Pluripotent stem cells have the potential to become any cell in the adult body, including neurons and glia. Avian stem cells could be used to study questions, like vocal learning, that would be difficult to examine with traditional mouse models. Induced pluripotent stem cells (iPSCs) are differentiated cells that have been reprogrammed to a pluripotent stem cell state, usually using inducing genes or other molecules. We recently succeeded in generating avian iPSC-like cells using mammalian genes, overcoming a limitation in the generation and use of iPSCs in nonmammalian species (Rosselló et al., 2013). However, there were no established optimal cell culture conditions for avian iPSCs to establish long-term cell lines and thus to study neuronal differentiation in vitro. Here we present an efficient method of maintaining chicken iPSC-like cells and for differentiating them into action potential generating neurons.
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  • Characterization of ectopic colonies that form in widespread areas of the nervous system with neural stem cell transplants into the site of a severe spinal cord injury. 25319698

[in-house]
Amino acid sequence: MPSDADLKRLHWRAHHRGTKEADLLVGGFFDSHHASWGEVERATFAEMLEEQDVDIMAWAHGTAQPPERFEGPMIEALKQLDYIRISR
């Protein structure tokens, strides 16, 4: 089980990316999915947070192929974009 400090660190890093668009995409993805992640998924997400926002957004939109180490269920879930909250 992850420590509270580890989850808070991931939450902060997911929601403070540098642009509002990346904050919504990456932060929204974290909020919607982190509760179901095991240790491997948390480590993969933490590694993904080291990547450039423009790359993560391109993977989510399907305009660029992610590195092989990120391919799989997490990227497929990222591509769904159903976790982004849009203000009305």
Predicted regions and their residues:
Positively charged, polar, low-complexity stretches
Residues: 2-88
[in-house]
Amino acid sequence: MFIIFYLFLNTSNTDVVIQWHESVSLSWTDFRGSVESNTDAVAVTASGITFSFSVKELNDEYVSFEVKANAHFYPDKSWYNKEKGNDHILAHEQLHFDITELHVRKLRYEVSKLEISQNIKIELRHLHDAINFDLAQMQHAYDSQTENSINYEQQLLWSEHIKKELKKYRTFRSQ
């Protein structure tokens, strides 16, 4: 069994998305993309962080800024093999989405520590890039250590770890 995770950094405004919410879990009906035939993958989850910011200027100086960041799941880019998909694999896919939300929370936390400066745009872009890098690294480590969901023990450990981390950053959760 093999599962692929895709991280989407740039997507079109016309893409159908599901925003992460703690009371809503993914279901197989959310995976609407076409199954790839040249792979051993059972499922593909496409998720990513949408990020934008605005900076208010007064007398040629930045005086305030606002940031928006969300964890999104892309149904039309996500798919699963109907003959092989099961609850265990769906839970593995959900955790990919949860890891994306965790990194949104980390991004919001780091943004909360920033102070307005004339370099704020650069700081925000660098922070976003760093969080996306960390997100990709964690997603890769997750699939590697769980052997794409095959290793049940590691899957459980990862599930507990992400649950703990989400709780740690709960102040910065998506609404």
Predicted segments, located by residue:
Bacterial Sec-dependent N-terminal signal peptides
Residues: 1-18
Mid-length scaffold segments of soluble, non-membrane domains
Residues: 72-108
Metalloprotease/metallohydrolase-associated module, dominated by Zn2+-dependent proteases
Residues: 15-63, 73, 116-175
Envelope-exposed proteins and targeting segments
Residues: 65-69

We reported previously the formation of ectopic colonies in widespread areas of the nervous system after transplantation of fetal neural stem cells (NSCs) into spinal cord transection sites. Here, we characterize the incidence, distribution, and cellular composition of the colonies. NSCs harvested from E14 spinal cords from rats that express GFP were treated with a growth factor cocktail and grafted into the site of a complete spinal cord transection. Two months after transplant, spinal cord and brain tissue were analyzed histologically. Ectopic colonies were found at long distances from the transplant in the central canal of the spinal cord, the surface of the brainstem and spinal cord, and in the fourth ventricle. Colonies were present in 50% of the rats, and most rats had multiple colonies. Axons extended from the colonies into the host CNS. Colonies were strongly positive for nestin, a marker for neural precursors, and contained NeuN-positive cells with processes resembling dendrites, GFAP-positive astrocytes, APC/CC1-positive oligodendrocytes, and Ki-67-positive cells, indicating ongoing proliferation. Stereological analyses revealed an estimated 21,818 cells in a colony in the fourth ventricle, of which 1005 (5%) were Ki-67 positive. Immunostaining for synaptic markers (synaptophysin and VGluT-1) revealed large numbers of synaptophysin-positive puncta within the colonies but fewer VGluT-1 puncta. Continuing expansion of NSC-derived cell masses in confined spaces in the spinal cord and brain could produce symptoms attributable to compression of nearby tissue. It remains to be determined whether other cell types with self-renewing potential can also form colonies.